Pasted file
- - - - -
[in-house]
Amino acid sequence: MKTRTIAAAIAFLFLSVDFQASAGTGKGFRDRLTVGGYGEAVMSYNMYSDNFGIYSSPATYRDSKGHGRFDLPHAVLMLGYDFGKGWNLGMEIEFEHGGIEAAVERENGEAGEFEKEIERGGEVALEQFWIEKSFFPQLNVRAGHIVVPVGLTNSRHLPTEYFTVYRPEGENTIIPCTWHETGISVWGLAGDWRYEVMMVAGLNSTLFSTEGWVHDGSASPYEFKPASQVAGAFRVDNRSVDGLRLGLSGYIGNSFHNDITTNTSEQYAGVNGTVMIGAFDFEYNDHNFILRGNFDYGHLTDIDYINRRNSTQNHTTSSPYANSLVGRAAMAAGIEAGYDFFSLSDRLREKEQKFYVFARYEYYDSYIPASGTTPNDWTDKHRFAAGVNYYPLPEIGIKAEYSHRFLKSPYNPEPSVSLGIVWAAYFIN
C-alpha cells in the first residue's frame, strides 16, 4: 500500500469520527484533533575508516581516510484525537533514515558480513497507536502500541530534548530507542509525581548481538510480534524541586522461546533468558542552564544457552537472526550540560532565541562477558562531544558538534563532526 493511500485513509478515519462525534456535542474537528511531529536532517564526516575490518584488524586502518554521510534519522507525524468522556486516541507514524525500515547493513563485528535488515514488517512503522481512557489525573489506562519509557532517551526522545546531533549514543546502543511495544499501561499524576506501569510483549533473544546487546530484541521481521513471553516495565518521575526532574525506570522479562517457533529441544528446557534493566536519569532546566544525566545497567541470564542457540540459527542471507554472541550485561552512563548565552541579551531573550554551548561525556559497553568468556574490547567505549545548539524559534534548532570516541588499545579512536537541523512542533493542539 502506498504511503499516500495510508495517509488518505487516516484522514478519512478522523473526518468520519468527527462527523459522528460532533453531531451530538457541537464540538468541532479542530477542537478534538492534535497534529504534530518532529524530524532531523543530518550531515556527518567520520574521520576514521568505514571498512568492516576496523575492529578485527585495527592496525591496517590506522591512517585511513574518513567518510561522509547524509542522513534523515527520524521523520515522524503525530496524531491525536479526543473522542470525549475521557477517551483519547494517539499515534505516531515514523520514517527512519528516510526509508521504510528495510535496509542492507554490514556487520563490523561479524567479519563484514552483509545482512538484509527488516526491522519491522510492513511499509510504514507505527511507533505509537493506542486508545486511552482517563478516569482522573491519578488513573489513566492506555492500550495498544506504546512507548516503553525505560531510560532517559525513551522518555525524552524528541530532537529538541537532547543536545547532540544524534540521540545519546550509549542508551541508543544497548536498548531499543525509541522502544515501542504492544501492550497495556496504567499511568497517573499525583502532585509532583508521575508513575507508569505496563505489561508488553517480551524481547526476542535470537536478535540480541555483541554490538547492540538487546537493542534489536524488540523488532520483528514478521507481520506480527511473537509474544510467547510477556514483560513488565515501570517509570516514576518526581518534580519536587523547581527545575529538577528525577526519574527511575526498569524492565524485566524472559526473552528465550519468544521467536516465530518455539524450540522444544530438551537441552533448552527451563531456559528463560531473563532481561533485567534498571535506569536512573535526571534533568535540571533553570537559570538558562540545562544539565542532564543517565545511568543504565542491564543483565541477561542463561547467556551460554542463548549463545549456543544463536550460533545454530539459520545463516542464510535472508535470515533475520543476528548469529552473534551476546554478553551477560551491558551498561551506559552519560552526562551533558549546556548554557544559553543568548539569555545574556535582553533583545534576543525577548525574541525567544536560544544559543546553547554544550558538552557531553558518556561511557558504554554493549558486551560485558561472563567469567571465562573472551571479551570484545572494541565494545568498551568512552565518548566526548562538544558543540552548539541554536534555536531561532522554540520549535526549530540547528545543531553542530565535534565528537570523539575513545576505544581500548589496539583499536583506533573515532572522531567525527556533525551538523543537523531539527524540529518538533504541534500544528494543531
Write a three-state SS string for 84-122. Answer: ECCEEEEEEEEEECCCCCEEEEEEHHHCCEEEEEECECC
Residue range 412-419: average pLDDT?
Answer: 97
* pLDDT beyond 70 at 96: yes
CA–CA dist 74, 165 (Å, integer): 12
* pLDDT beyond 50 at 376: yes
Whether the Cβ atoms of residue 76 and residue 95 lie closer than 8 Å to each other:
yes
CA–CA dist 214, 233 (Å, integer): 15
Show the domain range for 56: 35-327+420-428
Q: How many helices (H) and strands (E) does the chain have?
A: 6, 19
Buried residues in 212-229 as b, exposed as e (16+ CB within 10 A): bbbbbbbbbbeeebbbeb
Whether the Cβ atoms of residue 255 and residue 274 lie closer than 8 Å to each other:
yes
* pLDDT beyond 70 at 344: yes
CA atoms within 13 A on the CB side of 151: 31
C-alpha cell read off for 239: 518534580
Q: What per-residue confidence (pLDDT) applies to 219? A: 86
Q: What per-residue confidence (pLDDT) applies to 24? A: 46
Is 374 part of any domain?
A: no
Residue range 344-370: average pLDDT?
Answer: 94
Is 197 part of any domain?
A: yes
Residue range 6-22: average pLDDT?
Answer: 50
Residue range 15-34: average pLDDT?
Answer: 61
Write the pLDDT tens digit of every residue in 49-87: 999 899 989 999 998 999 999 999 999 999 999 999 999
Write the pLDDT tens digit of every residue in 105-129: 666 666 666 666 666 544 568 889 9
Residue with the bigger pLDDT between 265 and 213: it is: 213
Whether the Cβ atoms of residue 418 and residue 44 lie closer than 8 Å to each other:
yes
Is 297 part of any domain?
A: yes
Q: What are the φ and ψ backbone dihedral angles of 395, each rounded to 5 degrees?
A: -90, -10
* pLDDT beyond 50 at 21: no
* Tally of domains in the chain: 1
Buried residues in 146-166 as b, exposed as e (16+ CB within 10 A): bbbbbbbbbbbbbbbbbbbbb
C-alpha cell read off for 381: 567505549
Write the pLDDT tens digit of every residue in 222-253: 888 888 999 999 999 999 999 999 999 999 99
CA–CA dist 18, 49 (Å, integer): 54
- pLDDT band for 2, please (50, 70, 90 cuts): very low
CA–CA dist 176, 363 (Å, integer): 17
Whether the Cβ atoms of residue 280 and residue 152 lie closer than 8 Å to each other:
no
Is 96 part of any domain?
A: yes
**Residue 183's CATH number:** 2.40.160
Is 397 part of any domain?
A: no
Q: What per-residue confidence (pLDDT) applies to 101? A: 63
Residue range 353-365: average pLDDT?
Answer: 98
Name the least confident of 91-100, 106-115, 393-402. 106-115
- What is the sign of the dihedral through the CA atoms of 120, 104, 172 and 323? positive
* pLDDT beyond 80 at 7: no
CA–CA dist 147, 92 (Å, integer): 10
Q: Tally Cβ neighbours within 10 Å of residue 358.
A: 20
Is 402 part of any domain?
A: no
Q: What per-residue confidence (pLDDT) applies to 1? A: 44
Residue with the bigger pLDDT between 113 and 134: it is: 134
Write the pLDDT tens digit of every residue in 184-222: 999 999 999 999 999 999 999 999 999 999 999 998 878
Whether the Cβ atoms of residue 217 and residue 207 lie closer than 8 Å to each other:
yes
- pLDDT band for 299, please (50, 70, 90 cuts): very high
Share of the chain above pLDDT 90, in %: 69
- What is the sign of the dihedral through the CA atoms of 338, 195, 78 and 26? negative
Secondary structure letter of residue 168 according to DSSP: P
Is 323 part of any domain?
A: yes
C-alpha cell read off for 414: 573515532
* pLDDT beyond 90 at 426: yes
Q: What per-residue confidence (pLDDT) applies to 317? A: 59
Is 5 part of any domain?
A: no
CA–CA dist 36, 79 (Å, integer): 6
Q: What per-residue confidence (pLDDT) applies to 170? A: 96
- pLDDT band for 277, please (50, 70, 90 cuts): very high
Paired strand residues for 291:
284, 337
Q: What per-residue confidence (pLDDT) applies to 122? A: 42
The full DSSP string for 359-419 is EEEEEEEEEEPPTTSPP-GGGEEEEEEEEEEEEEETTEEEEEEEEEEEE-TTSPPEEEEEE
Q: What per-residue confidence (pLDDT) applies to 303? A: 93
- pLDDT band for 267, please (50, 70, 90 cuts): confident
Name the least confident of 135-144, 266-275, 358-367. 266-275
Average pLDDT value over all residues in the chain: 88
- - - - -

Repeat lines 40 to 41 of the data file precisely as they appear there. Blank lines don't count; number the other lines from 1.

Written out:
A: yes
Q: What are the φ and ψ backbone dihedral angles of 395, each rounded to 5 degrees?